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Sirius XM's "ability to grow subscribers and revenue in a difficult financial and auto market is indicative of how listeners view this as a 'must have' service."
——Liberty Media CEO John Maffei
MALONE'S LIBERTY MEDIA BAILS OUT SIRIUS XM, KARMAZIN
Liberty Media Chief Outmaneuvers Rival Charles Ergen for a Tarnished Prize
Sirius XM, meet DirecTV.

Working through the night, the nation’s lone satellite radio provider and the parent company of the #1 satellite TV operation finally got in bed together this morning, as John Malone's Liberty Media agreed to invest as much as $530 million in the battered company, allowing it to avoid a Chapter 11 bankruptcy filing.

Liberty will loan Sirius XM $280 million—$250 million of which will be funded immediately, MarketWatch reports. Sirius XM will use some of the proceeds of that loan to pay $171.6 million of the $175 million in 2.5% convertible notes that are due at the end of business Tuesday. Liberty's loan to Sirius XM will bear interest at a rate of 15%, and will be due in December 2012.

In the second phase of the deal, Liberty will loan another $150 million to XM. Liberty has also agreed to offer to buy up to $100 million of the loans outstanding under XM's existing debt agreements.

Because the loans don’t constitute a change in the control of Sirius XM, they’re are not subject to FCC approval.

In return, Liberty will get 12.5 million shares of preferred stock, which is convertible into 40% of the company's common stock. Malone and his CEO John Maffei would then join Sirius XM's board of directors.

With the deal closed, Malone has emerged as the winner in yet another competition with media baron Charles Ergen, the owner of Dish Network and EchoStar (see yesterday’s story)—a competition that has left a lot of people scratching their heads as the stock plummeted toward worthlessness.

But according to WSJ reporter Matthew Karnitschnig, Malone and Ergen may see some of the same advantages in Sirius XM. They seem to be looking to outmaneuver each other and get a head start in offering movies, TV shows and other video entertainment to an array of cellphones and mobile devices via satellite and ground-based signals.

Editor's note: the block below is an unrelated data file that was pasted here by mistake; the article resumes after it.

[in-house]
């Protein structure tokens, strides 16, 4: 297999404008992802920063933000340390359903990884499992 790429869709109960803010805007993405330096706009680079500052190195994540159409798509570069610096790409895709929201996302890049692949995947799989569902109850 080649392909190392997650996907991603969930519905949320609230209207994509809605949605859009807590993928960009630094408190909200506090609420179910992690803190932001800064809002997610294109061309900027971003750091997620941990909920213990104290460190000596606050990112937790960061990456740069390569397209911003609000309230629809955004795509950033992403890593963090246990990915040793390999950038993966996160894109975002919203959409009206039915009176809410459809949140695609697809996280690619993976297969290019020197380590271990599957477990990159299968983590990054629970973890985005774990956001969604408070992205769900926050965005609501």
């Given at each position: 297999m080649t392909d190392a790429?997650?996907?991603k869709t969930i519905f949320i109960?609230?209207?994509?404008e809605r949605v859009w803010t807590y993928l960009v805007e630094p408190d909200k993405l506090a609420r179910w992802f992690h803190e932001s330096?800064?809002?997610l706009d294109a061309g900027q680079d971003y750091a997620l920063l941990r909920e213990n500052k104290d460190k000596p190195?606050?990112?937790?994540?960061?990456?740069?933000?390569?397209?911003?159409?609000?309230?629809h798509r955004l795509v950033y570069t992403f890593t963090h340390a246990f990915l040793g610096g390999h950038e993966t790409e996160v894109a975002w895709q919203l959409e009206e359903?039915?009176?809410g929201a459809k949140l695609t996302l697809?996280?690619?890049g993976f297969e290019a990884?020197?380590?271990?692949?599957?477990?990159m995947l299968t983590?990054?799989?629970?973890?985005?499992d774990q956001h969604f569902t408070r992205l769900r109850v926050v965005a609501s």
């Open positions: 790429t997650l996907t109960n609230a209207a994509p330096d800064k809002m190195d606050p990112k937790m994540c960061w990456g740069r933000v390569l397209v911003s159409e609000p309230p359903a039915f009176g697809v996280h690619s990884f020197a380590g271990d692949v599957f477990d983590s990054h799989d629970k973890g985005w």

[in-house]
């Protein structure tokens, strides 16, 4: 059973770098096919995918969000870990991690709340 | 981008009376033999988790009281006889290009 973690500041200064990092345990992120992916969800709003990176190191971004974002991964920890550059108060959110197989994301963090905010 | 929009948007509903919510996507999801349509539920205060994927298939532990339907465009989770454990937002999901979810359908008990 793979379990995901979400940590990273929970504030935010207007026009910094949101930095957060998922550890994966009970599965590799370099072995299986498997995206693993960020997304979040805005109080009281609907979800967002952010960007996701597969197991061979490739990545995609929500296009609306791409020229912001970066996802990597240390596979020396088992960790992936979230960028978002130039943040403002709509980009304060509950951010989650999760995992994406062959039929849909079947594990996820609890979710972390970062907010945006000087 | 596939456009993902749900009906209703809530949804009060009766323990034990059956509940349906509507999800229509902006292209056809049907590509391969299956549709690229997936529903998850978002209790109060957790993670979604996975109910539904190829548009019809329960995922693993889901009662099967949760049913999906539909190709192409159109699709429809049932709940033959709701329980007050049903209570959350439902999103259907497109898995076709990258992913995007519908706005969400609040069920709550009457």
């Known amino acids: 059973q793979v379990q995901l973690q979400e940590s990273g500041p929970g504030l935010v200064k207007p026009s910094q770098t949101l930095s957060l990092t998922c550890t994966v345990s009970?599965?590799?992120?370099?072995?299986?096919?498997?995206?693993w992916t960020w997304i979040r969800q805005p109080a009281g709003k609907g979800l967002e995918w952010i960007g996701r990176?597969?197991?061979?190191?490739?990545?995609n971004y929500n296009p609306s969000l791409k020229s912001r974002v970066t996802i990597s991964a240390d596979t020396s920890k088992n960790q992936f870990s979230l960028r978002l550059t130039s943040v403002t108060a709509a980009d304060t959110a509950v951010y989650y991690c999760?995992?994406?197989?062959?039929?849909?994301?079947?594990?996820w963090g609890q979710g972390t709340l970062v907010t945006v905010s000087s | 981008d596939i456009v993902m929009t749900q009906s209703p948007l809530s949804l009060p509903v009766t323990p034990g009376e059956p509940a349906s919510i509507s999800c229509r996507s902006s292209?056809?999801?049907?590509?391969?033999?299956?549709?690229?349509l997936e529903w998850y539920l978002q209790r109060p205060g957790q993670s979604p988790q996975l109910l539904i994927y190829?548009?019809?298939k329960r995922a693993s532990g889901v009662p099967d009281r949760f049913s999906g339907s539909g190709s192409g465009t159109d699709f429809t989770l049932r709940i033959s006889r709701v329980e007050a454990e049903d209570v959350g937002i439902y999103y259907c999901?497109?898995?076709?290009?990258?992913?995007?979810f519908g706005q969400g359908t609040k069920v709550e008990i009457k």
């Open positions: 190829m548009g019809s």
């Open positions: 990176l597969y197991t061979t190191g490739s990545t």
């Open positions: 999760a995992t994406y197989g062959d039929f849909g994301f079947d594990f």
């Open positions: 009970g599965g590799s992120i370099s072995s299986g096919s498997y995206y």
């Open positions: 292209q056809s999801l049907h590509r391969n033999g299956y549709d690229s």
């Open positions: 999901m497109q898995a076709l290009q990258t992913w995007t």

Maffei said Liberty has been "impressed" with Sirius XM, and that its "ability to grow subscribers and revenue in a difficult financial and auto market is indicative of how listeners view this as a 'must have' service."

Still standing, then, is embattled CEO Mel Karmazin, who’s been bracing himself for an investor revolt because he failed to secure monies that would have prevented the present crisis when finances were still available last summer. Karmazin said in a statement that the deal enables his company to "develop the opportunities first outlined in the merger of Sirius and XM."   

Ergen had been seeking outright control in return for a roughly $500 million investment and an agreement to restructure about $400 million in Sirius debt that he holds. Unlike Liberty, which has presented itself as a "white knight," Ergen's approach has been more aggressive, Karnitschnig pointed out. Ergen began amassing Sirius debt last fall as part of a stealth attack.

Earlier this month, he acquired the $175 million in Sirius debt that expires today, a step he was hoping would force the company into a deal with him. Ergen and Sirius cleared most obstacles to a deal last week, according to people in both camps. But Sirius preferred a deal that wouldn't give an investor full control and turned to Liberty.

It's probably too soon to count Ergen out altogether, Karnitschnig speculates. He still holds about $225 million in Sirius bonds that mature in December and could try to acquire more of the company's $3.25 billion in outstanding debt.

Malone’s empire includes stakes in satellite broadcasters, Web properties and cable channels, such as QVC and the Atlanta Braves.

Shares of Sirius XM nearly doubled on the news, jumping 7 cents to 18 cents, a gain of 71%, in mid-morning trading.

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